How Ohio Will Reopen

How Ohio Will Reopen

How Ohio Will Reopen

Mass gatherings of more than 10 people will still be banned in the State of Ohio. If a COVID-19 case is suspected in a business, it must be reported immediately and the health department will quickly locate everyone who had possible contact with the patient.

The governor laid out safe business practices mandatory for businesses to remain open, including requiring face coverings, maintaining good hygiene and social distancing, and limiting business capacity to a maximum of 50% of fire code.

Gov. Mike DeWine has unveiled plans to allow some businesses to begin reopening after Ohio's current stay-at-home order expires on May 1. The National Bobblehead Hall of Fame and Museum says it will donate $5 from every Governor Bobblehead sold to the American Hospital Association's Protect the Heroes Campaign to support the 100 Million Mask Challenge.

On May 12, retailers can open.

Unlike other states, restaurants, bars, daycares, and gyms are not included in Ohio's first phase of reopening.

"We don't want to open things up, then have to go back", said Governor DeWine. "It's just as risky as it's ever been".

OH has seen a decrease in new cases over the last week.

Keep up with regular news updates regarding Columbus and Ohio's response to COVID-19 here.

The state has repeatedly said it has limited testing, and some reports have shown OH is near the bottom of all states in tests administered per capita.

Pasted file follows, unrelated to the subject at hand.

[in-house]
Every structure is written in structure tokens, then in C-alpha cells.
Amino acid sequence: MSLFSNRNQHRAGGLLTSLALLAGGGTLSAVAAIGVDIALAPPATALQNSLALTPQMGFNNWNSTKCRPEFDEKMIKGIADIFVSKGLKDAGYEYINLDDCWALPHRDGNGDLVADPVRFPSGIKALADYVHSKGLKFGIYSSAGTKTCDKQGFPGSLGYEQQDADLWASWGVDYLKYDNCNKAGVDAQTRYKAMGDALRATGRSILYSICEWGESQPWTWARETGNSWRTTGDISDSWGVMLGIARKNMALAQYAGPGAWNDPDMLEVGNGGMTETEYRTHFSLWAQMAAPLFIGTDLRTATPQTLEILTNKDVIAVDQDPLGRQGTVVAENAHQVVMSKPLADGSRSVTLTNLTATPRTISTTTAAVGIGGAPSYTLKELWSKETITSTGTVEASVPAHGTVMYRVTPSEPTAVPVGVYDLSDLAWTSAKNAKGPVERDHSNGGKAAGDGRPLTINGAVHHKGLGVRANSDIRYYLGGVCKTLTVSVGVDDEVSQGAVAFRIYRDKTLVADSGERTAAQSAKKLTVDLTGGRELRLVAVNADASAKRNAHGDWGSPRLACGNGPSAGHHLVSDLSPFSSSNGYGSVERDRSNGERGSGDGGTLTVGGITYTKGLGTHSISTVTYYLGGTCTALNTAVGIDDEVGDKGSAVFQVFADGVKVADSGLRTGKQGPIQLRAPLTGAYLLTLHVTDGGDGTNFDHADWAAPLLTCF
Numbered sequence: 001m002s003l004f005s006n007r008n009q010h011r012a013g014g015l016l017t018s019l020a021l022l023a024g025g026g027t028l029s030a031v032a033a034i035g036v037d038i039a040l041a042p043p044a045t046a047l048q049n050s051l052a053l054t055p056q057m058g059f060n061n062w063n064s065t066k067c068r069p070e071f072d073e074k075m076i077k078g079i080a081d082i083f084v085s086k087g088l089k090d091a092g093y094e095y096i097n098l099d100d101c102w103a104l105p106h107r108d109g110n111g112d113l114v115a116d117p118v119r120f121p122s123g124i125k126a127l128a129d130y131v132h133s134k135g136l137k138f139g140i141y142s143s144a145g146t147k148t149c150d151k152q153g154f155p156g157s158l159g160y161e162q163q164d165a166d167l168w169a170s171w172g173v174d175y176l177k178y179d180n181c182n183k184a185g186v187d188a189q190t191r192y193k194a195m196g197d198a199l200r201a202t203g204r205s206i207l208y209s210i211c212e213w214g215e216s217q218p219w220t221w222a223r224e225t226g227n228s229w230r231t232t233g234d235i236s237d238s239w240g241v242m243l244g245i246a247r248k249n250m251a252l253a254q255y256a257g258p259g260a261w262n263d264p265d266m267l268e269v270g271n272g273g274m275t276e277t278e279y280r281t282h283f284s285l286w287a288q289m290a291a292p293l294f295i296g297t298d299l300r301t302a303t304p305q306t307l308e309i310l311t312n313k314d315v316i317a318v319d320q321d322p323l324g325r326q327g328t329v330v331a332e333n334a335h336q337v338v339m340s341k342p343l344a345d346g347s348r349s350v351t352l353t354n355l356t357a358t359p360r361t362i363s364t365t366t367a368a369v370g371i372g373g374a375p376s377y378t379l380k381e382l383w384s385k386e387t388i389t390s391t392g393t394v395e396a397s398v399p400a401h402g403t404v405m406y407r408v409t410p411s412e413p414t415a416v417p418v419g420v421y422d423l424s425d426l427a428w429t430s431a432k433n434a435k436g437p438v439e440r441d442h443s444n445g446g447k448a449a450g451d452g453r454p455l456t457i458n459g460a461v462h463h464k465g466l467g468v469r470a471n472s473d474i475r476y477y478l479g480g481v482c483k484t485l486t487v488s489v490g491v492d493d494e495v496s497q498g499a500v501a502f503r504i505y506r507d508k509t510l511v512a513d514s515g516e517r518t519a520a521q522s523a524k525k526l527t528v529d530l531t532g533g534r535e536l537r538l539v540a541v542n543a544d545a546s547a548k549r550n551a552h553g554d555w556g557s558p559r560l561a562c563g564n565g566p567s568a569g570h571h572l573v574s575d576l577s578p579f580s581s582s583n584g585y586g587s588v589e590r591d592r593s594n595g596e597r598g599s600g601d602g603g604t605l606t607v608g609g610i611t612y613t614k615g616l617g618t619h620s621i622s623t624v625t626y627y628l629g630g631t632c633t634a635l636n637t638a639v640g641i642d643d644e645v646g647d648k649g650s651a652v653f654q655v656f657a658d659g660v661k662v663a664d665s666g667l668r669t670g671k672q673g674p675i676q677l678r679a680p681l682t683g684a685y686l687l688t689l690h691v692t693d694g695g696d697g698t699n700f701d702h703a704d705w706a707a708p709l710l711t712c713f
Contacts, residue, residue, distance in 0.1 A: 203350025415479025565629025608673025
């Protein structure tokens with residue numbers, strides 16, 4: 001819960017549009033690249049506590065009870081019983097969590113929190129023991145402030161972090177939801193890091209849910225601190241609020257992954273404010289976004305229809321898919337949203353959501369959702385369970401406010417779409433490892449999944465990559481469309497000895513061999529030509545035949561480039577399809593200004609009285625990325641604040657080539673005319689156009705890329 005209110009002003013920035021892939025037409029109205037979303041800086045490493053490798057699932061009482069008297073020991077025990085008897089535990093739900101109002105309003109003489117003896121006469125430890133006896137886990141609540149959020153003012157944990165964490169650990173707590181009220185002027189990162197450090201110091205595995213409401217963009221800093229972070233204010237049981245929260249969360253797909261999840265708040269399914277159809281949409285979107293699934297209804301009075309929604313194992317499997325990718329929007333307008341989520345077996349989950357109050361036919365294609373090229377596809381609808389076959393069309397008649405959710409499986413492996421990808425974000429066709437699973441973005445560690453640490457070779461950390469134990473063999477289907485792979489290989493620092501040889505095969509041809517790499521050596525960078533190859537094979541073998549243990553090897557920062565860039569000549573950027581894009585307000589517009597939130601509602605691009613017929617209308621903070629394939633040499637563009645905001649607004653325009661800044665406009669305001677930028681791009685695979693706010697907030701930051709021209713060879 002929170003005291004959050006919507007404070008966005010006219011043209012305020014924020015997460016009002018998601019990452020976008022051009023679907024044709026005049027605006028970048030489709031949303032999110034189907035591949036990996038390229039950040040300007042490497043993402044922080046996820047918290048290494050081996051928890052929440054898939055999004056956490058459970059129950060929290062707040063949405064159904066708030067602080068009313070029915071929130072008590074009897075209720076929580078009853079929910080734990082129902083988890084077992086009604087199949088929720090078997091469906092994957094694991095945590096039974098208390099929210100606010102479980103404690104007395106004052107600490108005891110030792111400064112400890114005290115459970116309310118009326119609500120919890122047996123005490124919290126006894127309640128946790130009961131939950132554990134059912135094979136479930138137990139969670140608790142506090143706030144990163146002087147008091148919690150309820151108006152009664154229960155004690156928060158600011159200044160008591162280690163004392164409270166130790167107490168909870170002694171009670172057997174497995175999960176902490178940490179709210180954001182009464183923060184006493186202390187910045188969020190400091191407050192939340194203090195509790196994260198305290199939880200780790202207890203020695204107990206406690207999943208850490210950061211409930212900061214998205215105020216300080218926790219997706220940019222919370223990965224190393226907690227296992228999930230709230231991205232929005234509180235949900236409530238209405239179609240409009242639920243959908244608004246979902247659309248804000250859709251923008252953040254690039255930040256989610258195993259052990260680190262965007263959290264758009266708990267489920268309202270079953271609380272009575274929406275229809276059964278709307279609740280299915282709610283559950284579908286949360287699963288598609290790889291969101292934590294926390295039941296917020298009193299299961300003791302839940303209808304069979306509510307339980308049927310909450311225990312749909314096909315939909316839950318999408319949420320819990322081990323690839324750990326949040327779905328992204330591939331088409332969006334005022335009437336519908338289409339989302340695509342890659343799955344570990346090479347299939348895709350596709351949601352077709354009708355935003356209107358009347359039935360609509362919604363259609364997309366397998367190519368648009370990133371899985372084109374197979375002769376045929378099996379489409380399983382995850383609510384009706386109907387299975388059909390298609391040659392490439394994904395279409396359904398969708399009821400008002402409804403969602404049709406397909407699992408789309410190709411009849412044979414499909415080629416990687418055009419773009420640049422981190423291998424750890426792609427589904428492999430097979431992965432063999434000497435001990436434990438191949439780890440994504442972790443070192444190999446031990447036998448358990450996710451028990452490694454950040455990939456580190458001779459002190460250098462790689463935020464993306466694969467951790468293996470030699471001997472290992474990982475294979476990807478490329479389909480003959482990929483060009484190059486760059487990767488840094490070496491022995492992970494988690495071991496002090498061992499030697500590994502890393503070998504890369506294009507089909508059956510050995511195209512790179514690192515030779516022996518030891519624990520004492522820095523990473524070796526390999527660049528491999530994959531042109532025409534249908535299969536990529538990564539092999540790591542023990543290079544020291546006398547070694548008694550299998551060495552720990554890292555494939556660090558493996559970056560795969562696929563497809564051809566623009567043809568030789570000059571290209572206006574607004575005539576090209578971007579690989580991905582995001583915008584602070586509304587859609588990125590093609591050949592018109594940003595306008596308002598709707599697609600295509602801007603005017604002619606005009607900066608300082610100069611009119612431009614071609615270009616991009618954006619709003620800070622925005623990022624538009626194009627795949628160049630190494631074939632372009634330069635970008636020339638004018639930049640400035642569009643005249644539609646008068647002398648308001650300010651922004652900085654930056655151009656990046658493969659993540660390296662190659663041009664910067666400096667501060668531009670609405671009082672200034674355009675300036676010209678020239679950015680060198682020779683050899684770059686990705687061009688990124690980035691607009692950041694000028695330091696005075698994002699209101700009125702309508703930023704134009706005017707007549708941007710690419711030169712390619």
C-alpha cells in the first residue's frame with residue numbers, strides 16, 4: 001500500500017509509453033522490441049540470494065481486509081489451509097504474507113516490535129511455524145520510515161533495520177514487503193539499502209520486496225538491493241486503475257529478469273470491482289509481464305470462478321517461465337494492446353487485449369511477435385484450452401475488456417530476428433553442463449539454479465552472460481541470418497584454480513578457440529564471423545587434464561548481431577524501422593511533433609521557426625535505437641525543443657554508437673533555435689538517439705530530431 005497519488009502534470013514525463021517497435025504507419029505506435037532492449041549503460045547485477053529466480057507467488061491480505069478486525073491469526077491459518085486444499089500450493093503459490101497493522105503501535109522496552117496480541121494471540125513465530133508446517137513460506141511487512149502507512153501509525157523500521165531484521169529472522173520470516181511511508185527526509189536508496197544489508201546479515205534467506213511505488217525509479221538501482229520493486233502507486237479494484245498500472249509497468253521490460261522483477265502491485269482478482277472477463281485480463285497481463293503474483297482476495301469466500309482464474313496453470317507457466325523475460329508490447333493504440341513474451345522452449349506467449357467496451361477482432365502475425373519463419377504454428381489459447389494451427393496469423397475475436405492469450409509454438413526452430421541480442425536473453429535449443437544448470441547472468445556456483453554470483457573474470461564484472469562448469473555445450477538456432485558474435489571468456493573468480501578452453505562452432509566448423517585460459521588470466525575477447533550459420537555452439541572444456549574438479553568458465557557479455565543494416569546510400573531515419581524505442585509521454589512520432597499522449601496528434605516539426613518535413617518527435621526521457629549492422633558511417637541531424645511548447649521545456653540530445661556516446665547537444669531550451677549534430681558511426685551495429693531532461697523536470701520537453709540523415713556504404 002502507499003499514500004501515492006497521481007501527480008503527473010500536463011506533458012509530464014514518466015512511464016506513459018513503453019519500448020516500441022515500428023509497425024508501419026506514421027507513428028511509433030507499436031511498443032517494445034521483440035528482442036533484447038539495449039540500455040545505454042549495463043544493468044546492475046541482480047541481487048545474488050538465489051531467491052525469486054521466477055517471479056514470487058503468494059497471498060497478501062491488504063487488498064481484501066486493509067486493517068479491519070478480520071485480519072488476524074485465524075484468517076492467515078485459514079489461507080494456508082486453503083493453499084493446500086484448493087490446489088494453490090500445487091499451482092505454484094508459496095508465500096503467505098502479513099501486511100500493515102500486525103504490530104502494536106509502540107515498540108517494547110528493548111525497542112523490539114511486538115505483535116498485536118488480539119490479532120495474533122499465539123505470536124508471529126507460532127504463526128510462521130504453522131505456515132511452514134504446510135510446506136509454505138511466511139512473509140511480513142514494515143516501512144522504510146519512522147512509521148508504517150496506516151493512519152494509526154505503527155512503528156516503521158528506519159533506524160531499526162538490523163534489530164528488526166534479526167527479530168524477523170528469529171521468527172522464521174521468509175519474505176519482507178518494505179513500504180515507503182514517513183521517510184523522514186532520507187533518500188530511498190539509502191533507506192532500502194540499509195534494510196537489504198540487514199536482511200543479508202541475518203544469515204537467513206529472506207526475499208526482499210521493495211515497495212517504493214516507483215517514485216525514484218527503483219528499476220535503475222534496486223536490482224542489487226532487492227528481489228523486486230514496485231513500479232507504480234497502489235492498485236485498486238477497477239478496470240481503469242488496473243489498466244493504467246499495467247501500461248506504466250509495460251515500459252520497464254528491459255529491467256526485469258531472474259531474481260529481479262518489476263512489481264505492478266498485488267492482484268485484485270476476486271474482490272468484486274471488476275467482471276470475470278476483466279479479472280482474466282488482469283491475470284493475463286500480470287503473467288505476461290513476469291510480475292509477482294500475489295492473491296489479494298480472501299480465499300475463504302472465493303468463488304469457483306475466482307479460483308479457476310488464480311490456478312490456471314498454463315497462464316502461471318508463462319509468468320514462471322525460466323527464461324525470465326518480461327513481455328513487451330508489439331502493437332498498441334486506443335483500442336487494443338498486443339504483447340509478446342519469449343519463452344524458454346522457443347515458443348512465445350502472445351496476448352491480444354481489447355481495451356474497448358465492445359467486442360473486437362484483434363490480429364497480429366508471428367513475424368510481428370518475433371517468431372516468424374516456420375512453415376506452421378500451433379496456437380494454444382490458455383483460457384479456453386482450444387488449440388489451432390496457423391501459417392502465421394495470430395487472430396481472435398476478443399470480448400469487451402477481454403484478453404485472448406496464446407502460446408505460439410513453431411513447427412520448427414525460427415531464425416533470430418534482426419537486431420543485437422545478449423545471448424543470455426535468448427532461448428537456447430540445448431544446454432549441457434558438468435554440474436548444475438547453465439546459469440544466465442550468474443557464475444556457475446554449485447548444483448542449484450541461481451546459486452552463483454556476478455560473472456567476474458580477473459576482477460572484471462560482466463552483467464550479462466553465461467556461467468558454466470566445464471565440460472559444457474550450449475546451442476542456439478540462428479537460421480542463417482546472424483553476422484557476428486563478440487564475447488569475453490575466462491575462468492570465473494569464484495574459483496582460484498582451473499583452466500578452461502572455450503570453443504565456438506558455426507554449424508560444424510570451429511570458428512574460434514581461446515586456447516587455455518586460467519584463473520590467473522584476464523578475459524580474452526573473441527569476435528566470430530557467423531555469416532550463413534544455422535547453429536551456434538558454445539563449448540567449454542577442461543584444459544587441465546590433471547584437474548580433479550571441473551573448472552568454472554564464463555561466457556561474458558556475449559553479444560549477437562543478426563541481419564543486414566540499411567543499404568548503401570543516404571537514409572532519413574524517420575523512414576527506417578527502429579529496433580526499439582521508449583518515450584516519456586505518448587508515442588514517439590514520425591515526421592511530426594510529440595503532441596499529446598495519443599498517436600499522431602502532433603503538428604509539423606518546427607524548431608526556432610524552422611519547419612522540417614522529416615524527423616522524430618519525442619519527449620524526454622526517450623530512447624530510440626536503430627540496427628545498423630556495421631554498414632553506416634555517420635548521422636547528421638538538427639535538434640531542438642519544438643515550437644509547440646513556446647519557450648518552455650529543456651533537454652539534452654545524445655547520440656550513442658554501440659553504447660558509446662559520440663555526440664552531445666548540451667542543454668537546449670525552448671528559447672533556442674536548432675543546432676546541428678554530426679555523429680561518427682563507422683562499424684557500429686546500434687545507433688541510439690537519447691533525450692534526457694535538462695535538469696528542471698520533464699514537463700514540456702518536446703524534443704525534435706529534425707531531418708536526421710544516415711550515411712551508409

The state has developed a six-week testing expansion plan starting Wednesday.

Although Ohio will start reopening, DeWine and the state's top health official Amy Acton encourage residents to continue precautionary measures.

"Your health and well-being is never a zero-sum game", Acton said. That group has been hearing from business owners via videoconference for more than two weeks. In addition, companies are required to implement staggered entry procedures for all customers and set aside designated hours for at-risk populations. We're trying to ease out and get OH back working. It says that Ohioans can be trusted to responsibly reopen the economy, saying that "all businesses are essential".

As for tracing, DeWine plans to train 1,750 people to find those who might have had contact with a COVID-19 patient.

In one of a dozen messages shared to Twitter following Monday's conference, DeWine's office reminded OH residents that despite reopening permissions, "we still want people to work from home as much as possible".

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